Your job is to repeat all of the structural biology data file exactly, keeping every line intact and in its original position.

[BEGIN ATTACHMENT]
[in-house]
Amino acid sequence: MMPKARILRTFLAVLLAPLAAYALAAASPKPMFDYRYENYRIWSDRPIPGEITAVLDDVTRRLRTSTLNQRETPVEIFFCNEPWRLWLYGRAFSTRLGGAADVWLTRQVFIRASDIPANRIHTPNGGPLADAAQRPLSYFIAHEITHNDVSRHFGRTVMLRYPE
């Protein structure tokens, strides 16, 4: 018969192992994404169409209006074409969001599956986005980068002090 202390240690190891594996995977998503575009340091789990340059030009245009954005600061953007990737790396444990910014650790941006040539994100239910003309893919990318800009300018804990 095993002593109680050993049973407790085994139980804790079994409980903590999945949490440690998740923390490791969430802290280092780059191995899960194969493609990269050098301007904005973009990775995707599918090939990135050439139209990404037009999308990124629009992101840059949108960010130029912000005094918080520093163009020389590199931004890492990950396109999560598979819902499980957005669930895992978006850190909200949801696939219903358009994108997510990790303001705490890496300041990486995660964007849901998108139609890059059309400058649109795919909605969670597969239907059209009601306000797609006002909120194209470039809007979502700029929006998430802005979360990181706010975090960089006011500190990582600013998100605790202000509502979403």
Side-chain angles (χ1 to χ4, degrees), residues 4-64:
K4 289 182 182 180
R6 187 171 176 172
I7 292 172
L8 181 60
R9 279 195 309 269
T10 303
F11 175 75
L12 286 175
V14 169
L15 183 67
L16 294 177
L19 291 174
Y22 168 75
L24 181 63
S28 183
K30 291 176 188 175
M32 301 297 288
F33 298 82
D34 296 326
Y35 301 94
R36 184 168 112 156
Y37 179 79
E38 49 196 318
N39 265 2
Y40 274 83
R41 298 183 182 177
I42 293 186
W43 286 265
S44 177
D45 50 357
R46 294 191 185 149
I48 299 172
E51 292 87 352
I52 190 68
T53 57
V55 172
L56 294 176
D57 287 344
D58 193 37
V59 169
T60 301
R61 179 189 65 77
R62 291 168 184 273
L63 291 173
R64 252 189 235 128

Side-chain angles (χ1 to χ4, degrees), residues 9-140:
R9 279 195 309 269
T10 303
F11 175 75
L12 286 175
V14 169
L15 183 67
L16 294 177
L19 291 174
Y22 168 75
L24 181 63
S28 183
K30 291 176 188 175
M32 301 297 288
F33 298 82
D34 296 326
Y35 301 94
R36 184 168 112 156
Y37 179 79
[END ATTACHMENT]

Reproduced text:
[in-house]
Amino acid sequence: MMPKARILRTFLAVLLAPLAAYALAAASPKPMFDYRYENYRIWSDRPIPGEITAVLDDVTRRLRTSTLNQRETPVEIFFCNEPWRLWLYGRAFSTRLGGAADVWLTRQVFIRASDIPANRIHTPNGGPLADAAQRPLSYFIAHEITHNDVSRHFGRTVMLRYPE
């Protein structure tokens, strides 16, 4: 018969192992994404169409209006074409969001599956986005980068002090 202390240690190891594996995977998503575009340091789990340059030009245009954005600061953007990737790396444990910014650790941006040539994100239910003309893919990318800009300018804990 095993002593109680050993049973407790085994139980804790079994409980903590999945949490440690998740923390490791969430802290280092780059191995899960194969493609990269050098301007904005973009990775995707599918090939990135050439139209990404037009999308990124629009992101840059949108960010130029912000005094918080520093163009020389590199931004890492990950396109999560598979819902499980957005669930895992978006850190909200949801696939219903358009994108997510990790303001705490890496300041990486995660964007849901998108139609890059059309400058649109795919909605969670597969239907059209009601306000797609006002909120194209470039809007979502700029929006998430802005979360990181706010975090960089006011500190990582600013998100605790202000509502979403």
Side-chain angles (χ1 to χ4, degrees), residues 4-64:
K4 289 182 182 180
R6 187 171 176 172
I7 292 172
L8 181 60
R9 279 195 309 269
T10 303
F11 175 75
L12 286 175
V14 169
L15 183 67
L16 294 177
L19 291 174
Y22 168 75
L24 181 63
S28 183
K30 291 176 188 175
M32 301 297 288
F33 298 82
D34 296 326
Y35 301 94
R36 184 168 112 156
Y37 179 79
E38 49 196 318
N39 265 2
Y40 274 83
R41 298 183 182 177
I42 293 186
W43 286 265
S44 177
D45 50 357
R46 294 191 185 149
I48 299 172
E51 292 87 352
I52 190 68
T53 57
V55 172
L56 294 176
D57 287 344
D58 193 37
V59 169
T60 301
R61 179 189 65 77
R62 291 168 184 273
L63 291 173
R64 252 189 235 128

Side-chain angles (χ1 to χ4, degrees), residues 9-140:
R9 279 195 309 269
T10 303
F11 175 75
L12 286 175
V14 169
L15 183 67
L16 294 177
L19 291 174
Y22 168 75
L24 181 63
S28 183
K30 291 176 188 175
M32 301 297 288
F33 298 82
D34 296 326
Y35 301 94
R36 184 168 112 156
Y37 179 79